I recently had a second fitting with Neapolitan trouser maker Salvatore Ambrosi. Ambrosi is something of an internet phenomenon; he’s blogged about in such reverential tones that it’s hard to avoid drawing the conclusion that he’s the world’s best trouser maker, but without making a trip to his workrooms in Naples it’s hard to be sure.
With no shop, no real website and very little in the way of supporting evidence it felt like a leap in the dark when I commissioned a £500 pair of bespoke cords in December, but it also felt like a necessary step. The Ambrosi experience is almost a rite of passage for men into bespoke style.
Our first meeting started inauspiciously, not least because Salvatore doesn’t speak much English, and I don’t speak Italian. This derailed my attempt to persuade him to give my cords a higher waist and a more generous cut than he usually designs. However, he did help me to find a great burnt-orange colour of heavy Holland & Sherry corduroy and he took the necessary measurements.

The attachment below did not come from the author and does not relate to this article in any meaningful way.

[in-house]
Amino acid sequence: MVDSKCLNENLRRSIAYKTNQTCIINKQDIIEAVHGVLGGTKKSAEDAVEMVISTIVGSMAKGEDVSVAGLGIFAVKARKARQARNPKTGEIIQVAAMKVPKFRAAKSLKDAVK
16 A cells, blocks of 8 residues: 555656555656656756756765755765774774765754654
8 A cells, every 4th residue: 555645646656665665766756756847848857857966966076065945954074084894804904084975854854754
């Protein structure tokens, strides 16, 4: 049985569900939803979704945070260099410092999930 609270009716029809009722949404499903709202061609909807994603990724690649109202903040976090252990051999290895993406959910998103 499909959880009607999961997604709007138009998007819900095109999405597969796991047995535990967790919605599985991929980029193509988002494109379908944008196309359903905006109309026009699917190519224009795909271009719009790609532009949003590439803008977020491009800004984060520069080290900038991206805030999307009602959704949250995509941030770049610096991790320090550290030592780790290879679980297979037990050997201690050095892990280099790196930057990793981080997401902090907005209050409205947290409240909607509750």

For my recent fitting I made my way to a modest hotel near Victoria in London. Having, with some difficulty, woken up the napping Salvatore we had a baste fitting for my trousers. They seemed far too small, but he assured me that a solitary extra centimetre in the waistband will take care of all the problems. The cut, slightly to my consternation, is pretty contemporary, meaning the trousers sit on the hip and are fairly fitted. The finished version is due in a fortnight at which point I’ll be ready to pass judgement on Ambrosi’s work, and hope to be able to reveal the baroque levels of intricate handiwork that his clothes are famous for.